7. A writ of prohibition commands the Court or tribunal to whom it is issued to re-frain from doing something which it is about to do. It prevents a tribunal possessing judicial or quasi-judicial powers from assuming or threatening to assume jurisdiction which it does not possess.
8. A writ of certiorari is issued primarily with the object of securing an inspection of the record of the proceedings of an inferior tribunal in order that the High Court may determine from the face of the record whether the inferior tribunal has acted without or in excess of jurisdiction or has not proceeded according to the essential requirements of the law.
The purpose of the writ is to review judicial and quasi-judicial acts, and to quash the decision of a tribunal which has assumed a jurisdiction which it does not possess. It cannot be issued for the purpose of correcting mere errors and irregularities, or of reviewing orders passed in exercise of discretionary power or authority, or of revising the decision of a question of fact respecting which the evidence was conflicting, or of examining the sufficiency of the evidence to support the finding.
It lies only to correct errors of law affecting materially the rights of parties and only if the tribunal has entered an illegal judgment or order. If it appears upon the face of the record that the determination of the inferior tribunal is wrong in law, certiorari to quash will be granted: R v. Northumberland Compensation Appeal Tribunal; Ex parte, Shaw, (1952) 1 KB 338 (A); but if the errors are accidental, harmless, technical or formal which do not operate to the prejudice of the petitioner or have not caused substantial injustice to him, the writ will be refused.
9. A perusal of the order passed by the Deputy Custodian-General on 2-3-1955 makes it quite clear that the said officer had jurisdiction to deal with the matters in controversy between the parties, that he did not refuse to exercise the jurisdiction vested in him and that he did not act without jurisdiction or in excess of it or in violation of the rules of natural Justice.
It is contended, however, that he committed a grave error or irregularity for he failed to comply with an executive instruction of Government which requires that a person who gives information in regard to an allotment which has been obtained by fraud should be given the landwhich is released by the allottee. This error, it is argued, appears on the face of the proceedings and has resulted in manifest injustice to Bhagat Singh.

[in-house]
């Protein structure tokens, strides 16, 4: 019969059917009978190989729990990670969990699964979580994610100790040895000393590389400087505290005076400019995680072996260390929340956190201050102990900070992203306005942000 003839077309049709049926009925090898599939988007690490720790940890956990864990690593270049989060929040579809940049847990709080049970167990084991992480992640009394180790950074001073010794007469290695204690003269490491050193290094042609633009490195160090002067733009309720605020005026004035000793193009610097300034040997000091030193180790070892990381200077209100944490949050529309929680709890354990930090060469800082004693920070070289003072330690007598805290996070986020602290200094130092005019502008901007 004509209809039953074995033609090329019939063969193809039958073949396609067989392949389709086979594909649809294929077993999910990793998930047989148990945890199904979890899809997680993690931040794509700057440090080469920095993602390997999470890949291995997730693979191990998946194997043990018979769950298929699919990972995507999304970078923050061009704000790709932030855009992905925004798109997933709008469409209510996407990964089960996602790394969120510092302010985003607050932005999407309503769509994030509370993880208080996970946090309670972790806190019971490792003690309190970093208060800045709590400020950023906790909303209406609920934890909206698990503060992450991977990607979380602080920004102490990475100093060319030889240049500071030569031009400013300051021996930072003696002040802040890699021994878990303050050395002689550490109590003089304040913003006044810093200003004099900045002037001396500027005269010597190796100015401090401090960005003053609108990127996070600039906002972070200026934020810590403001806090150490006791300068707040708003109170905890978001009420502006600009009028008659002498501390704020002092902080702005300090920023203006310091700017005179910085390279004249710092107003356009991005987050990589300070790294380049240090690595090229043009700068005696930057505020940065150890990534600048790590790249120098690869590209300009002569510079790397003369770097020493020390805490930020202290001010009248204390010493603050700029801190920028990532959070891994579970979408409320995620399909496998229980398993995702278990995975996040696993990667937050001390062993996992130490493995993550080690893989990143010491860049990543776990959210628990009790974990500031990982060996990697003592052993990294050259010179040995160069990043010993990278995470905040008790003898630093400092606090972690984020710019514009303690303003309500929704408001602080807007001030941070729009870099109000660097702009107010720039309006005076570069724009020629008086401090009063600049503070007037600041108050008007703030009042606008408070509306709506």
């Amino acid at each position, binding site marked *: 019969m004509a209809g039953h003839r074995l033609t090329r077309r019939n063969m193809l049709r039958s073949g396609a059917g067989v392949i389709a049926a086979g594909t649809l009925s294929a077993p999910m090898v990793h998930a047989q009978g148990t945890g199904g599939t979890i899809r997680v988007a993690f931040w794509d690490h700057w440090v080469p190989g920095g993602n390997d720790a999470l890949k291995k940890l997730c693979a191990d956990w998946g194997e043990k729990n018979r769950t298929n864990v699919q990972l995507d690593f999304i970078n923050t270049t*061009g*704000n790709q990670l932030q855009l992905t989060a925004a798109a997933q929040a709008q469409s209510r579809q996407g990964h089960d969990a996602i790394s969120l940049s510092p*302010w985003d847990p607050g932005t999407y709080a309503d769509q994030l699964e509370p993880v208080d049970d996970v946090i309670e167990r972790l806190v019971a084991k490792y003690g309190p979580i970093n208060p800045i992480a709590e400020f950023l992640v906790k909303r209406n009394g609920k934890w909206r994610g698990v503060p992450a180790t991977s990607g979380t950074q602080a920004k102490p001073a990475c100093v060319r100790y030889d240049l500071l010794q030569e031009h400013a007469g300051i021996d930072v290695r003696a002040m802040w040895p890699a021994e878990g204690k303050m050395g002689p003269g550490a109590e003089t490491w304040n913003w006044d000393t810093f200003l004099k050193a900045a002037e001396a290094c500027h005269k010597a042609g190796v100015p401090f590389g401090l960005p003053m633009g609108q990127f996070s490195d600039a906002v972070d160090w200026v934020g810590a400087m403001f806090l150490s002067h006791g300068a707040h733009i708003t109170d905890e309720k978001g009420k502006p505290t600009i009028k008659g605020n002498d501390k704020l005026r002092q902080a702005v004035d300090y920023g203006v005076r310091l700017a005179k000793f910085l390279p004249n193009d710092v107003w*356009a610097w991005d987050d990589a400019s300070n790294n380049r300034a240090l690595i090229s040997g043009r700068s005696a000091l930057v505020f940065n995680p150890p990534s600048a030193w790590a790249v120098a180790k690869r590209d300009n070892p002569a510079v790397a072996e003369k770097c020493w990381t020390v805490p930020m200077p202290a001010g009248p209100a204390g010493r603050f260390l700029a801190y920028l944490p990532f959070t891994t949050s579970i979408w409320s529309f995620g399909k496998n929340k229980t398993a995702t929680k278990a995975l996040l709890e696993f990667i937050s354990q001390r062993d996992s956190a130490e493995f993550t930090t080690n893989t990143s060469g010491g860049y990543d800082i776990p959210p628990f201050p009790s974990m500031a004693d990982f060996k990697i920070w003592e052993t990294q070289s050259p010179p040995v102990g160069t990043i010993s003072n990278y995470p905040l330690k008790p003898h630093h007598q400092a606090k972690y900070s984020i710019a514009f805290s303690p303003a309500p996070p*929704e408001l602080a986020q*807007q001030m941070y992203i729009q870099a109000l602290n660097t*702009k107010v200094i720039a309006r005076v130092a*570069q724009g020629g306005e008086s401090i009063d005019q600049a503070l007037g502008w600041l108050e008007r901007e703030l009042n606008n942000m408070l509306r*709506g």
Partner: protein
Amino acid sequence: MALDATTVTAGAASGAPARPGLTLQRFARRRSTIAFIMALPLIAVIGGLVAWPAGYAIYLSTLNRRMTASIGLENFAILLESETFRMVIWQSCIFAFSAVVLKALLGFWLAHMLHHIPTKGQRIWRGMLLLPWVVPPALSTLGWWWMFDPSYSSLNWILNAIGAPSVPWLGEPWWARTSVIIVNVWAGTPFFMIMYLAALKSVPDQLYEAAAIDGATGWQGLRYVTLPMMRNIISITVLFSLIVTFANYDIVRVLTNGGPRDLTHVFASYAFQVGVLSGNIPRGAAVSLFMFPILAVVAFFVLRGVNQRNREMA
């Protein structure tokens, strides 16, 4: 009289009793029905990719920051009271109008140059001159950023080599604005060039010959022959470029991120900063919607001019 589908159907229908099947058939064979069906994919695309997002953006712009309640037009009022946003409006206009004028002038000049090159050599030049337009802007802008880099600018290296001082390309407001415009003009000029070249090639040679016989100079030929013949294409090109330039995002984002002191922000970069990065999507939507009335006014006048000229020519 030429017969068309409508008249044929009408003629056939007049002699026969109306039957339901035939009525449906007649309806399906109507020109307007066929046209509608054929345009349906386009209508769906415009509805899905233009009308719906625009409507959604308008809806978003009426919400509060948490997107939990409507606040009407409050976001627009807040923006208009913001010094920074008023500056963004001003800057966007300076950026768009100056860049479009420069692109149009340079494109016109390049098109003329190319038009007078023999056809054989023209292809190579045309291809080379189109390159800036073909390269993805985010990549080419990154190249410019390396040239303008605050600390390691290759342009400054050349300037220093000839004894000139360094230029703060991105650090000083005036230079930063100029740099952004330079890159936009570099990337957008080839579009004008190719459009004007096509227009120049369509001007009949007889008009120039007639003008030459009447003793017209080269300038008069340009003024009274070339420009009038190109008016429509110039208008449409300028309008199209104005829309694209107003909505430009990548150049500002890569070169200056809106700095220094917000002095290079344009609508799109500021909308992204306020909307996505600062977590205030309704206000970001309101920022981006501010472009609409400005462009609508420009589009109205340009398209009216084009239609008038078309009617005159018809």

I regret I am unable to concur in this contention. The error on the face of the record which justifies the issue of an order of certiorari must be an error of law. The failure on the part of the Custodian-General to give effect to an executive instruction which has not been vested with statutory authority cannot be deemed to be an error on the face of the record which would justify the Court in exercising the extraordinary powers vested in it by Article 226 of the Constitution. The order in question was passed by the Deputy Custodian-General under Section 27 of the Administration of Evacuee Property Act which is in the following terms:
'27(1) The Custodian-General may at any time, either on his own motion or on application made to him in this behalf, call for the record of any proceeding in which any District Judge or Custodian has passed ah order for the purpose of satisfying himself as to the legality or propriety of any such order and may pass suchorder in relation thereto as he thinks fit:....'
The Deputy Custodian-General was of the opinion that having regard to all the circumstances of the case it was just and equitable that the land of Kabul Singh which had been wrongly allotted to Bhagat Singh should be restored to Kabul Singh. I can see nothing wrong or improper in the order' which was passed by the Deputy Custodian-General. He merely exercised the discretionary powers which have been conferred upon him by Section 27 of the statute. He did not violate any established rule of law, statutory or otherwise.
He did not commit an error of law. He did not enter an illegal judgment or order. There was no error on the face of the record. There was no clear or manifest abuse of discretion. It seems to me therefore that it was not within the competence of this Court to set aside an order which complied with the essential requirements of law but which failed to take into consideration an executive instruction issued by Government.
10. After the case had been argued at length by the learned counsel for the parties, Mr. Doabia stated that the order passed by the learned Single Judge was not open to appeal under Clause 10 of the Letters Patent as this order was passed under Article 227 of the Constitution and not under Article 226 thereof.
This contention is in my opinion too flimsy to merit serious consideration. It is true that the application presented by Mr. Doabia's client was presented under Arts. 226 and 227, but there is nothing in the order of the learned Single Judge to justify the assertion that the order was passed by him under Article 227. The order under appeal must in my opinion be deemed to have been passed under Article 226.
11. For those reasons I would accept theappeal, set aside the order of the learned SingleJudge and direct that the petition be dismissed.I would order accordingly. There will be no order as to costs.